Consequently, the bottoms composition (x) has to be controlled by manipulating the energy balance of the column by throttling the boil-up rate (V = Q). The relationship between separation (S) and the ratio of boil-up to feed (V/F), can be expressed as , where a and b are functions of the relative volatility, the number of trays, the feed composition and the minimum V/F. The boil-up rate (V) can be calculated by the following equation , where [V/F] is the desired boil-up to feed ratio.
The dynamic characteristics of the column (dead times and time constants) are compensated by the FY element identified as “dynamics” in Figure 3. If correctly tuned, it will guarantee that the feed-forward manipulations will arrive at the controlled variables (D and V) at the right time and in the right amounts. At the bottom of Figure 3, the characteristics of a number of dynamic compensators are described.
Two Products with Interaction
Interaction is unavoidable between the material and energy balances in a distillation
column. The severity of this interaction is a function of feed composition, product specification and the pairing of the selected manipulated and controlled variables.
Severe interaction is likely to occur when the composition controllers of both products are configured to manipulate the energy balance of the column. An example of such a case is when reflux flow (L) and steam flow (Q) are manipulated by the two product composition controllers. In such a case, the heat input is while the reflux rate is L = K1Q – K2F. Therefore, both product flow rates are dependent on energy balance terms.
In this configuration, if one composition controller is increasing the heat input to the reboiler, this action will force the other composition controller to increase reflux flow to withdraw that increased heat. Therefore, without decoupling, the two composition controllers “fight” each other, and severe interaction will occur.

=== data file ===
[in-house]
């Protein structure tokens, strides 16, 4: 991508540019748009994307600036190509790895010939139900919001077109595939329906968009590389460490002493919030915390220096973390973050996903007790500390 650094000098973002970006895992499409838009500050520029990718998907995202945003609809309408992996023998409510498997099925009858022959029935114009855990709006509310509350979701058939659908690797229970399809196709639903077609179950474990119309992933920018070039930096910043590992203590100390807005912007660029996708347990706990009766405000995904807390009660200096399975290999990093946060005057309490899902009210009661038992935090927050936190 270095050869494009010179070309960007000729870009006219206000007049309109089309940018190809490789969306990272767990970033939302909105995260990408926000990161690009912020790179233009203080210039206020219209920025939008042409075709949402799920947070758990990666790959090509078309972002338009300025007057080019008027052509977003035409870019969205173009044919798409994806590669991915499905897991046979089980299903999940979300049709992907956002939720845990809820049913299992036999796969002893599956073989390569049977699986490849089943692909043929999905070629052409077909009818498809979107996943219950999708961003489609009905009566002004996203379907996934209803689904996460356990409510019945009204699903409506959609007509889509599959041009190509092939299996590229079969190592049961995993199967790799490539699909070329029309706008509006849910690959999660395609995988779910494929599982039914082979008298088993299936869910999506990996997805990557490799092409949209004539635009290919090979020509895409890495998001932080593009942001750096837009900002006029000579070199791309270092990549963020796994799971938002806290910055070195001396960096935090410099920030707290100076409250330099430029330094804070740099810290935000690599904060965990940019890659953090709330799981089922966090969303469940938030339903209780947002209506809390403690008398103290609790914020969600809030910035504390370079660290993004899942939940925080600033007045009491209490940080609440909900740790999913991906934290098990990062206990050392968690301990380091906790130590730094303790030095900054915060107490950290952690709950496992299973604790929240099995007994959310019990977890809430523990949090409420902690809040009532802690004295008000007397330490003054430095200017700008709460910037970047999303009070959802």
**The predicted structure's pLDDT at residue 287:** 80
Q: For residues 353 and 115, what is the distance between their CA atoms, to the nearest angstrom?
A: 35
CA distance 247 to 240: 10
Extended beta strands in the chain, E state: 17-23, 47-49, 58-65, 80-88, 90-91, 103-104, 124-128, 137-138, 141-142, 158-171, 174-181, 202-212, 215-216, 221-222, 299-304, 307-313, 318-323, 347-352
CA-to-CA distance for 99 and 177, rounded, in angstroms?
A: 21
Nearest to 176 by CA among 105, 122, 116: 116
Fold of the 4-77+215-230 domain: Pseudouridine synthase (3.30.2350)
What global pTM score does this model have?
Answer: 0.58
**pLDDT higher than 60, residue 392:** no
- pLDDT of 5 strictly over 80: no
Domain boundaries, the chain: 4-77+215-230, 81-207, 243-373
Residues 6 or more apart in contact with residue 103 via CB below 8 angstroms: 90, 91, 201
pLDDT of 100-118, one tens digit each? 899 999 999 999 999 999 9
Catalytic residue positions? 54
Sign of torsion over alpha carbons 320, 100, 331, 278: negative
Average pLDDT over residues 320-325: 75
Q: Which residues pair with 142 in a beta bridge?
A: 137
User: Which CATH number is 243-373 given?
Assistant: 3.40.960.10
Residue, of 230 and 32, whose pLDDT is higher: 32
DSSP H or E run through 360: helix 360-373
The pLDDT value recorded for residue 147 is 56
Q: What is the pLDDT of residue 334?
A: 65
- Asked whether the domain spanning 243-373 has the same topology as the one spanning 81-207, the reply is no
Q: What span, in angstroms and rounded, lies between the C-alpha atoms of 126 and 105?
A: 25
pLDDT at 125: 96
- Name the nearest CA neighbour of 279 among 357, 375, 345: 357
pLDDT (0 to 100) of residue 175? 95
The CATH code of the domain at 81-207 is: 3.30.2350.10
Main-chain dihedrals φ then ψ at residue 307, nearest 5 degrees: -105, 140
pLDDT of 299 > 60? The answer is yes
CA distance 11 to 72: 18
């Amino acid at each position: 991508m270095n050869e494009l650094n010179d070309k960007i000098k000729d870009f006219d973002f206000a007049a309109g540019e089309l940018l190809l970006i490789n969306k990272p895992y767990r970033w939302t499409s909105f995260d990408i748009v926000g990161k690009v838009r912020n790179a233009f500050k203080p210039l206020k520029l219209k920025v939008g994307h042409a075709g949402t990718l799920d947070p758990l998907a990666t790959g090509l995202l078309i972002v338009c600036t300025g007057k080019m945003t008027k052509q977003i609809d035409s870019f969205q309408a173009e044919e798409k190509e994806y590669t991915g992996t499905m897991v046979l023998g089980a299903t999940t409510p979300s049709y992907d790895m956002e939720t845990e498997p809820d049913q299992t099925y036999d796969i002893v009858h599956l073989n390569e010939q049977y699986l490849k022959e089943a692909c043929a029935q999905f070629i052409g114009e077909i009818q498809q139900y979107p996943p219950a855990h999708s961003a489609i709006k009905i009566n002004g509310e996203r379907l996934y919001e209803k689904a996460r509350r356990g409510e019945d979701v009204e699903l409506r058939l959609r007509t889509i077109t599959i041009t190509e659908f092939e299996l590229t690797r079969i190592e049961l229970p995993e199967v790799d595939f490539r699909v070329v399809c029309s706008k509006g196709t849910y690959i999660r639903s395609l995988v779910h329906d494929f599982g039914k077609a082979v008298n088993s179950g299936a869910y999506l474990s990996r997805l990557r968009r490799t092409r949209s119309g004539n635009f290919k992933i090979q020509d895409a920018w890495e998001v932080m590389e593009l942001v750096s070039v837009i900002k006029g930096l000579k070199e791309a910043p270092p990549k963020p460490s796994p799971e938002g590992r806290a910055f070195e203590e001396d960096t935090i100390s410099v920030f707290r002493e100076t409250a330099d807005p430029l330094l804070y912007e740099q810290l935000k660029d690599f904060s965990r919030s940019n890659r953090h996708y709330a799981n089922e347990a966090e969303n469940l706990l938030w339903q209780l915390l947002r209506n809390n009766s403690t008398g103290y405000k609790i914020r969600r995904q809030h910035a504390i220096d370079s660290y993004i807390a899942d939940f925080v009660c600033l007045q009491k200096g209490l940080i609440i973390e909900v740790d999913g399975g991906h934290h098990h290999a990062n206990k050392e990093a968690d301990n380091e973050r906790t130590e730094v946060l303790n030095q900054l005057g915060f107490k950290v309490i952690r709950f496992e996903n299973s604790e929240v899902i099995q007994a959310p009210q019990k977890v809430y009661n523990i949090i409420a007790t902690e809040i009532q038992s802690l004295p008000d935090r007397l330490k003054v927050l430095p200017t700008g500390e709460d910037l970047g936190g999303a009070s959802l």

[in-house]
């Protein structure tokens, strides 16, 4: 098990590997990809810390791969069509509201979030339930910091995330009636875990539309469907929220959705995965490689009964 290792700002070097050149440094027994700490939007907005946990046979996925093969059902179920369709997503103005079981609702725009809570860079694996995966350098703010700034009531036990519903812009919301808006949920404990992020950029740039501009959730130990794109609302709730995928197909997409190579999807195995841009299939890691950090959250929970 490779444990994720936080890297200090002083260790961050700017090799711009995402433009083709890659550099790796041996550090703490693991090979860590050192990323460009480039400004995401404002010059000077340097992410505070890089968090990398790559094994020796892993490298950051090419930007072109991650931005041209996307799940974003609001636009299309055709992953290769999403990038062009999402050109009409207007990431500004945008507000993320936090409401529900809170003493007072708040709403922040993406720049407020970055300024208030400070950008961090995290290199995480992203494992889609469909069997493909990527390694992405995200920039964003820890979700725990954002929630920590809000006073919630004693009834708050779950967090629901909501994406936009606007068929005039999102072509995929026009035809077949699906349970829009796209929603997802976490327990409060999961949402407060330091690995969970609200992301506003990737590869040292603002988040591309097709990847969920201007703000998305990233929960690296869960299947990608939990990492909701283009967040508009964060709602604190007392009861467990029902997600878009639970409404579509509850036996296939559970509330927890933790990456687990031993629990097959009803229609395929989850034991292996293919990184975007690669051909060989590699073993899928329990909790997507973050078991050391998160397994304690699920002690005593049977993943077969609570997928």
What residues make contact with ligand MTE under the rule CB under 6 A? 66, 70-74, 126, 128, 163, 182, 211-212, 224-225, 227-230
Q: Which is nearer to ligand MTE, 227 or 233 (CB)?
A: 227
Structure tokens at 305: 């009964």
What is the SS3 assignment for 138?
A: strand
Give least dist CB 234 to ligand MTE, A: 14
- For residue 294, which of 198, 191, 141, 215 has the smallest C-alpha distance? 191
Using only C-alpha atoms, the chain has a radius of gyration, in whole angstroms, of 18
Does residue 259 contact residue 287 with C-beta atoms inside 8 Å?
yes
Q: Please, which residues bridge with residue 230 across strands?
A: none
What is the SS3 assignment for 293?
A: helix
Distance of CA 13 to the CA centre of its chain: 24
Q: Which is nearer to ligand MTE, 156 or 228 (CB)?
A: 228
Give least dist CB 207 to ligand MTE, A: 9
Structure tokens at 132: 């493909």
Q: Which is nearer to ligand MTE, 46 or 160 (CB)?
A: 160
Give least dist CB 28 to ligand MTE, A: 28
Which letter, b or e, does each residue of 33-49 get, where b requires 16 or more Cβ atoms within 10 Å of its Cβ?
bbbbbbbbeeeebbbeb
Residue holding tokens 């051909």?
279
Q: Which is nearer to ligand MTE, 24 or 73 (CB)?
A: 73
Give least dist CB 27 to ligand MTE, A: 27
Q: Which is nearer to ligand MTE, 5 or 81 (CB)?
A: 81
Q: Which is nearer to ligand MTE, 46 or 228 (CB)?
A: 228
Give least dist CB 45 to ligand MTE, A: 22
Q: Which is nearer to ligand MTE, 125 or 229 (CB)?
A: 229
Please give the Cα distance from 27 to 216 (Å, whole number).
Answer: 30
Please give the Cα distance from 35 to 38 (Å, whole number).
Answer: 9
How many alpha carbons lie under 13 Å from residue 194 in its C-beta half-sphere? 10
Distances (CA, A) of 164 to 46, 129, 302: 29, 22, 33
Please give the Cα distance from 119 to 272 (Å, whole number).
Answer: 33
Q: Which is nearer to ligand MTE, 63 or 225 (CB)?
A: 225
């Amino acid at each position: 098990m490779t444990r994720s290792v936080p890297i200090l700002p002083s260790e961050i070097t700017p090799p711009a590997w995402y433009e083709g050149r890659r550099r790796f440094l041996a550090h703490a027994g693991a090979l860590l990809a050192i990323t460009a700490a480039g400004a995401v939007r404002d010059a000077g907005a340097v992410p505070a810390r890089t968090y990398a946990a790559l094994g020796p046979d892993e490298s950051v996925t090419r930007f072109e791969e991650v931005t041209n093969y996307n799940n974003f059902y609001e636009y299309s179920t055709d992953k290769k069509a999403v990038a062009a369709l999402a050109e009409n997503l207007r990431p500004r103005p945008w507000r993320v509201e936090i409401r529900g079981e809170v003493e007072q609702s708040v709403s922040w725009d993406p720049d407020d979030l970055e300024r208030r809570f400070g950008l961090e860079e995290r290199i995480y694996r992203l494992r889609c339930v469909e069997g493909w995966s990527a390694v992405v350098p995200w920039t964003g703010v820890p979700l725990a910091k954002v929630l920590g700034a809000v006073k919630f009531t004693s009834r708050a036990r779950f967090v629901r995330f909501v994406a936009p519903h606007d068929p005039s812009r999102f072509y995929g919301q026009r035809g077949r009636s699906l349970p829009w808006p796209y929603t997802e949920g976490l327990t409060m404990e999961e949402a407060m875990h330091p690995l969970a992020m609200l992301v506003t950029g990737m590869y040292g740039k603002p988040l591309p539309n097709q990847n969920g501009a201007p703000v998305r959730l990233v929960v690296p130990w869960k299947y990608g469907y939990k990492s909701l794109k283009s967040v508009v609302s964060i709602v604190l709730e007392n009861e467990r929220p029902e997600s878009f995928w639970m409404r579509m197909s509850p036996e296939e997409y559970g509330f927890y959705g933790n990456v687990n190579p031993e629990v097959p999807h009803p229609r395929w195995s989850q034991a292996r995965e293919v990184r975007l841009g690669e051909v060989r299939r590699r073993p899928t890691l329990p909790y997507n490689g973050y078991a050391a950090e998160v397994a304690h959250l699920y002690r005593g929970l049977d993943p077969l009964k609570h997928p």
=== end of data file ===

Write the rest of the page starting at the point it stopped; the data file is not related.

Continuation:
In the decoupling equations given above for Q and L, the values of k1, k2 and K are determined by using the actual process values of [L/F], [V/F]min, and [V/F]. By implementing the decoupling equation L = K1Q – K2F, the tendency of a change in heat input at the bottom of the column, causing an upset in the composition at the other end, will be minimized (right of Figure 3), because the decoupling loop adjusts the reflux flow independently.
While the top composition loop is decoupled, the heat input is still coupled to reflux, because a change in reflux will still cause the bottom temperature controller to adjust steam flow. This type of half-decoupling, therefore, does not eliminate interaction completely, but is enough to reduce the interaction approximately twenty-fold.
The limitations of decoupling include that overrides can drive the loops to saturation when constraints are encountered. In some distillation columns, small measurement errors also can completely destroy the operation of such decoupling systems. Since the decoupler gain settings (k1, k2 and K) depend on the process gains, and because process gains change with variations in feed rate, product specifications and column characteristics, these systems require constant attention and retuning. Such adjustments are beyond the capability of the average plant operating personnel and require the availability of sophisticated column models.
The difficulties associated with decoupling justify the detailed evaluation of column behavior. As was discussed in the first article of this series, an important tool of such an evaluation is the calculation of the relative gains of the various configurations. One general rule worth remembering is that the composition controller for the component with the shorter residence time should adjust vapor flow, and the composition controller for the component with the longer residence time should adjust the liquid/vapor ratio.
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